Feds refuse to disclose details of Russian meddling in Canadian elections

Feds refuse to disclose details of Russian meddling in Canadian elections

Prime Minister Justin Trudeau said in September that there was not “much direct interference” by Russia

Despite publicly confirming that Russia interfered in the last federal election and warning that it will doubtless try again in next year’s vote, the Trudeau government won’t provide any details about the alleged meddling.

It is refusing to respond to a written question from Alberta Conservative MP Blaine Calkins, who had pointed out that Prime Minister Justin Trudeau said in September that there was not “much direct interference” by Russia in the 2015 federal election.

He asked in what specific ways Russia did interfere, then.

In a response from the prime minister’s parliamentary secretary, the government says the answer to Calkins’ question has been withheld under section 15 of the Access to Information Act “for reasons of international affairs.”

That section exempts the government from disclosing information that could be injurious to the conduct of international affairs, the defence of Canada or its allies or the detection, prevention or suppression of subversive or hostile activities.

RELATED: Election watchdog seeks digitally savvy specialists to zero in on threats

Trudeau’s comment is not the only time the government has suggested Russia has already interfered in Canadian elections.

Last March, Canada expelled four Russian diplomats over the poisoning of an ex-spy in Britain.

At the time, Foreign Affairs Minister Chrystia Freeland issued a statement saying: “The four have been identified as intelligence officers or individuals who have used their diplomatic status to undermine Canada’s security or interfere in our democracy.” She refused to elaborate.

Just this week, Defence Minister Harjit Sajjan warned that Canadian voters will be targeted by online cyberattacks and fake news during next fall’s federal election as Russia steps up its efforts to undermine Western democracies.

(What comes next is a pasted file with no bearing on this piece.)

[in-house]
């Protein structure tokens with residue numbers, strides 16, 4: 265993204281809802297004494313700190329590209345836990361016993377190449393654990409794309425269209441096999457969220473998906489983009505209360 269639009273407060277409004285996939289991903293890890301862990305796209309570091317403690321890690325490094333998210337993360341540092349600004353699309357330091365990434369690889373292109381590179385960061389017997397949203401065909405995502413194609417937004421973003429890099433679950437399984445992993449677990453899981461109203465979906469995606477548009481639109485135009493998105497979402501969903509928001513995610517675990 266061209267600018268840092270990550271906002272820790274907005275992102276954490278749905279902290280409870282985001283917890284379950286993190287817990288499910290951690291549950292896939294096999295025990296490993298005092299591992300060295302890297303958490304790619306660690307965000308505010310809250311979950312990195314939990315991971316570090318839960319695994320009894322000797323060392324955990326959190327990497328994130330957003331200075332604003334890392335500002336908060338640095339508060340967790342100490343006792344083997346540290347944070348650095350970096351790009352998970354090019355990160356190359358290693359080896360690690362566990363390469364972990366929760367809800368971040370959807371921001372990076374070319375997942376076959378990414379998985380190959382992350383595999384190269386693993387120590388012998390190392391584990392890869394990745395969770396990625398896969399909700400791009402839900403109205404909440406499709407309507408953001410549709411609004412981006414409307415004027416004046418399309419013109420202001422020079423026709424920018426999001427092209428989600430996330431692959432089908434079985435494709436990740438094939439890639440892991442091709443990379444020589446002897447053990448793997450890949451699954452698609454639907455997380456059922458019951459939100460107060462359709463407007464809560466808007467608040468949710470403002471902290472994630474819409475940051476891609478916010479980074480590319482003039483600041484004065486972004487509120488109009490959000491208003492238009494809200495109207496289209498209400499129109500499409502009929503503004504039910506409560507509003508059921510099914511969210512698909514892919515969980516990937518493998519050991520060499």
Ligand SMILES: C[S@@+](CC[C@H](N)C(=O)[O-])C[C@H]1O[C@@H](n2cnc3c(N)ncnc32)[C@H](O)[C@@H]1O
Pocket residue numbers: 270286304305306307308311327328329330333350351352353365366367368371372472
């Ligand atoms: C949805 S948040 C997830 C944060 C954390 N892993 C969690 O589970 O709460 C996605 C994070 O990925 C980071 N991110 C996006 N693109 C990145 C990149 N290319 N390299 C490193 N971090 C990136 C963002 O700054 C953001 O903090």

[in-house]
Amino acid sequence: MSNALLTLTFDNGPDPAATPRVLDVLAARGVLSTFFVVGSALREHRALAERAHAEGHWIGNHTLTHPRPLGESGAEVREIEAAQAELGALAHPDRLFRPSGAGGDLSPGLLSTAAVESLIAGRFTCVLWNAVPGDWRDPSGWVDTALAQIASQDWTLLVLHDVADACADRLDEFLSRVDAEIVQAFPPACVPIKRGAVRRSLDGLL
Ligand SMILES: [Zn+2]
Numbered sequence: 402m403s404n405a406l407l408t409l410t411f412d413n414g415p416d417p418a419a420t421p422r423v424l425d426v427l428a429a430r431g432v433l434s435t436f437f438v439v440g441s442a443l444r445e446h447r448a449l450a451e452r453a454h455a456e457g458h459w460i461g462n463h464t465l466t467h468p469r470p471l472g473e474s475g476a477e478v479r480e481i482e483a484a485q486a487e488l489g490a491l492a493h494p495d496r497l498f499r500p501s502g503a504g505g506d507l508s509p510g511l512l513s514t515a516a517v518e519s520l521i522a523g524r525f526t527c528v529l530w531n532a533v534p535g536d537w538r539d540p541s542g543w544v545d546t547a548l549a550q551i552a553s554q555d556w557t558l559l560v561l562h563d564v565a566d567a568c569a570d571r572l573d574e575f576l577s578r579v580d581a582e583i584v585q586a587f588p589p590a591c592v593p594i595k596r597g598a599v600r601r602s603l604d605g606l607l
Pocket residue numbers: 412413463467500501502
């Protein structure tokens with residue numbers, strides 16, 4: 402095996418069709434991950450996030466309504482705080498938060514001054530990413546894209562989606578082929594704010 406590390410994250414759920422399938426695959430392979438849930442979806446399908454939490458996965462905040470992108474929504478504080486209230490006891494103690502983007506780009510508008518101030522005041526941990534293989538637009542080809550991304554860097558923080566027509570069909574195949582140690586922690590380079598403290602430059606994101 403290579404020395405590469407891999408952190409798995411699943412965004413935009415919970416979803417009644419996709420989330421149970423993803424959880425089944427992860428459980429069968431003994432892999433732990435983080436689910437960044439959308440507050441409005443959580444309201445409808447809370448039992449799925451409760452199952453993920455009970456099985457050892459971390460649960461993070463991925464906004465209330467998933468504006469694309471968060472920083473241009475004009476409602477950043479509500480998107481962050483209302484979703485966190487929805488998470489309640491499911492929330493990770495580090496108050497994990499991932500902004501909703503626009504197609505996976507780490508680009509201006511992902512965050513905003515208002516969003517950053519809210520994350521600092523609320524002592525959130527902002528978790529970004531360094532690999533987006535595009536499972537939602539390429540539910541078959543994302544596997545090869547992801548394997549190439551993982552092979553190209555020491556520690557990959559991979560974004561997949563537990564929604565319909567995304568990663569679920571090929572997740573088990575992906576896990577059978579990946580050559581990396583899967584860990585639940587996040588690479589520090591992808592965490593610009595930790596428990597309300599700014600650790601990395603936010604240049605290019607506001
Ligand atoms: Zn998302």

“We have taken this into account very seriously in our defence policy,” Harjit Sajjan said in an interview with The Canadian Press. “We need to further educate our citizens about the impact of fake news. No one wants to be duped by anybody.”

Given all that, Calkins said he finds it “kind of puzzling” that the government refuses to disclose any details about what Russia has already been up to.

“Canadians do have a right to know if there is Russian interference in our democratic process,” he said in an interview Thursday, adding that it’s hard for voters to know what to watch out for in future if they don’t know what’s happened in the past.

“It’s very unfortunate that this information is being kept from the Canadian public.”

RELATED: Bill just one tool to deter foreign interference in Canadian elections: Gould

Calkins pointed out that the United States has been far more open about Russian meddling in its 2016 presidential election.

American intelligence officials have issued detailed reports on efforts by Russian operatives to hurt Hillary Clinton’s campaign and bolster Donald Trump’s chances, including hacking into Democratic campaign emails and creating hundreds of phoney social-media accounts to disseminate fake news and undermine public trust in the electoral process.

Joan Bryden , The Canadian Press

Like us on Facebook and follow us on Twitter.

Get local stories you won't find anywhere else right to your inbox.
Sign up here

Just Posted

Tom Lennox finds peace when he runs in the Cumberland Forest. He hasn’t missed a day in nearly a year. Photo supplied
Cumberland runner nears 366 consecutive days on the trails

Cumberland resident Tom Lennox has been running a minimum of five kilometres… Continue reading

Courtenay’s Ace Brewing Company’s Jet Fuel IPA was chosen for second place in the annual Canadian Brewing Awards. Photo submitted
Courtenay brewery takes silver medal at Canadian Brewing Awards